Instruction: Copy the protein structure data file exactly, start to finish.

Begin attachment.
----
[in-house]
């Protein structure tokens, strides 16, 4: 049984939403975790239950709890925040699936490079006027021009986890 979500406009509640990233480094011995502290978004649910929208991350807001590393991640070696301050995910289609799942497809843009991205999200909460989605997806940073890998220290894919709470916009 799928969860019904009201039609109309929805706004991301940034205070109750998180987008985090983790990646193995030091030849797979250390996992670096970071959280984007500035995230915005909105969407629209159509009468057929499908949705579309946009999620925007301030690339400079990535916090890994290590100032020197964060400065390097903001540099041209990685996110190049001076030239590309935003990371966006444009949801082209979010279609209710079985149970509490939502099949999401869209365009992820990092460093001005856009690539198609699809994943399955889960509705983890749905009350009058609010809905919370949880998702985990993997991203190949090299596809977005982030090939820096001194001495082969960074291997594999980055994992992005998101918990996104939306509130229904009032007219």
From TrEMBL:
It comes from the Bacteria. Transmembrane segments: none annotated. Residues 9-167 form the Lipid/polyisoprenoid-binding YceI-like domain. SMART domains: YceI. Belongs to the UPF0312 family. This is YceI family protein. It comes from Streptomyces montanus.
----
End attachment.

[in-house]
């Protein structure tokens, strides 16, 4: 049984939403975790239950709890925040699936490079006027021009986890 979500406009509640990233480094011995502290978004649910929208991350807001590393991640070696301050995910289609799942497809843009991205999200909460989605997806940073890998220290894919709470916009 799928969860019904009201039609109309929805706004991301940034205070109750998180987008985090983790990646193995030091030849797979250390996992670096970071959280984007500035995230915005909105969407629209159509009468057929499908949705579309946009999620925007301030690339400079990535916090890994290590100032020197964060400065390097903001540099041209990685996110190049001076030239590309935003990371966006444009949801082209979010279609209710079985149970509490939502099949999401869209365009992820990092460093001005856009690539198609699809994943399955889960509705983890749905009350009058609010809905919370949880998702985990993997991203190949090299596809977005982030090939820096001194001495082969960074291997594999980055994992992005998101918990996104939306509130229904009032007219």
From TrEMBL:
It comes from the Bacteria. Transmembrane segments: none annotated. Residues 9-167 form the Lipid/polyisoprenoid-binding YceI-like domain. SMART domains: YceI. Belongs to the UPF0312 family. This is YceI family protein. It comes from Streptomyces montanus.